Module 5: Economic Inequality and Pro-Poor Growth
March 26-27, 2013
The World Bank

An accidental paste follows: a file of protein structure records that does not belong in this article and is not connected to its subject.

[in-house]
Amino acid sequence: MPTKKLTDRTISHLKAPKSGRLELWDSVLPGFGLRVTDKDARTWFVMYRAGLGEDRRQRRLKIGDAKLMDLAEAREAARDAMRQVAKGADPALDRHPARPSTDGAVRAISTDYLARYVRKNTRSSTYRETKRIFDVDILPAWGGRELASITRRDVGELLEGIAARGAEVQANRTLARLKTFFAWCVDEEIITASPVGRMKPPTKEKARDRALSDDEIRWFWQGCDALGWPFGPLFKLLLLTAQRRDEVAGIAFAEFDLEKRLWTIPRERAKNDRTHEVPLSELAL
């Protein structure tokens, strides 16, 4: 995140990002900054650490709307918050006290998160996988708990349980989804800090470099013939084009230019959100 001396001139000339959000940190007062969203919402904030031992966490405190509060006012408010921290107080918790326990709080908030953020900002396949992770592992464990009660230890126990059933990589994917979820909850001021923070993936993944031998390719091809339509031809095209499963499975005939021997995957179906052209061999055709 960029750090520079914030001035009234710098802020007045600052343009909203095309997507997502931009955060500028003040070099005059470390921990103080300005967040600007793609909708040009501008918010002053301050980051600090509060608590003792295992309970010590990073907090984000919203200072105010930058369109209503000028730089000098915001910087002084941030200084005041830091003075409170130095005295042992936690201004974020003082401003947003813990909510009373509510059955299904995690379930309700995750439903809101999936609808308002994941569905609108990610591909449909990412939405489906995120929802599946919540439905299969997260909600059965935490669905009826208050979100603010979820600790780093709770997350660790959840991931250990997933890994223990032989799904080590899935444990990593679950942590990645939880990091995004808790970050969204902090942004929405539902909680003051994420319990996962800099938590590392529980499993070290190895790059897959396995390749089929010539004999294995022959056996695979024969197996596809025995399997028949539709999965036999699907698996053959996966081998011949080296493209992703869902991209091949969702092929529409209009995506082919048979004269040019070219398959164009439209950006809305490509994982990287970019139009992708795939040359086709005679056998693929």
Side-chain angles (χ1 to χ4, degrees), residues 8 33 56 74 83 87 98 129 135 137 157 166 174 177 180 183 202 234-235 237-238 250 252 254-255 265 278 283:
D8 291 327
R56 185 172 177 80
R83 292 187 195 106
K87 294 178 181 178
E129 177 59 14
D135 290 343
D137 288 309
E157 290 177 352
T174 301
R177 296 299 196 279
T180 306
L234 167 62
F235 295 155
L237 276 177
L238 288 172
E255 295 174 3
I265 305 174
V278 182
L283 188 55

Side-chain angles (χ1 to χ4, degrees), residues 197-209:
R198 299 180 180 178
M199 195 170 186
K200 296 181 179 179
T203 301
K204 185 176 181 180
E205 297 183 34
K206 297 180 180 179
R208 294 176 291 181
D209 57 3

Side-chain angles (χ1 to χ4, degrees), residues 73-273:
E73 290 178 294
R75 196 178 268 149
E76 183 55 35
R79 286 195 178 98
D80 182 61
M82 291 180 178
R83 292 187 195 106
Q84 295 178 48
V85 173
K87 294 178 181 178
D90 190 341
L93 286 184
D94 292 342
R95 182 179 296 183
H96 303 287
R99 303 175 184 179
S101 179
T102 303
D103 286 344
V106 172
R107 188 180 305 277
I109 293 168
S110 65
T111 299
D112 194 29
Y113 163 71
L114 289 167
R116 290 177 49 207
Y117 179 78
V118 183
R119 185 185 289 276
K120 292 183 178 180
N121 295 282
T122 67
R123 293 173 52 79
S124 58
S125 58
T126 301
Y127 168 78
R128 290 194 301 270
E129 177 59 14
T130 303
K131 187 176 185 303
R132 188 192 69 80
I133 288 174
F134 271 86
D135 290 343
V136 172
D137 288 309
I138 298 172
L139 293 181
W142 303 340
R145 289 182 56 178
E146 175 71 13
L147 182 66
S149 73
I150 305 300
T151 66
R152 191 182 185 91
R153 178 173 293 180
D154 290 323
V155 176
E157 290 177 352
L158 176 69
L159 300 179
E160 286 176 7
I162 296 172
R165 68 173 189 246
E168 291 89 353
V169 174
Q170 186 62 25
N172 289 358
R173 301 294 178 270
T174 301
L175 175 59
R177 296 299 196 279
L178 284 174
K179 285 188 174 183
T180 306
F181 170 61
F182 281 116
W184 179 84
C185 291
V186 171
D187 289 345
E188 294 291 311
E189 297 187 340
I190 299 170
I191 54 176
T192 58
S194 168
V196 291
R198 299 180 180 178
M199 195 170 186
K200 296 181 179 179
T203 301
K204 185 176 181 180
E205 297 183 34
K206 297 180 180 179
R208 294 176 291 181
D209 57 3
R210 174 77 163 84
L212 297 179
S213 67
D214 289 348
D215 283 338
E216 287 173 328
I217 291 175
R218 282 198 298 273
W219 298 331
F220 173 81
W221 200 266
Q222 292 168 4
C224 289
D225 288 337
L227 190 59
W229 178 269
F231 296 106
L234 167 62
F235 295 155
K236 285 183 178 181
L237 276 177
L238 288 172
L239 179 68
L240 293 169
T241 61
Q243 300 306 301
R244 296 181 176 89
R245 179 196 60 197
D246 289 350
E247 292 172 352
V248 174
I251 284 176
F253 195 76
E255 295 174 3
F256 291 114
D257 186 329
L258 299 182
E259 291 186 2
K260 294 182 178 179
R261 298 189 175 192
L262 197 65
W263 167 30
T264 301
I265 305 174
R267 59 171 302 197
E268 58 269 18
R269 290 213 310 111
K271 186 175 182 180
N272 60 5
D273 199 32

Objective: This is the fifth module in a larger course on poverty and distribution, offered annually by DECRG to World Bank staff. This module focuses on economic inequality: its domain, measurement, history, theory and empirics. The course begins with a brief conceptual discussion of what types of economic inequalities we have in mind, followed by an overview of how measures of income and consumption should (and should not) be constructed in practice. Summary measures of inequality and their properties are presented and evaluated. Inequality decomposition and its connection to the measurement of inequality of opportunity is examined. The course then moves to empirical studies of inequality and some theory regarding what forces "move" inequality: first in history and preindustrial societies, then in modern societies over the last thirty years, and finally globally. It also raises the issue of whether high global inequality should be a legitimate policy concern or not. The module then moves on to a hands-on demonstration of how the key inequality concepts introduced earlier can be easily applied in operational work by using the new software Adept produced by DECRG. In the final session, the discussion of pro-poor growth asks what makes some growth episodes more beneficial to the poor than others.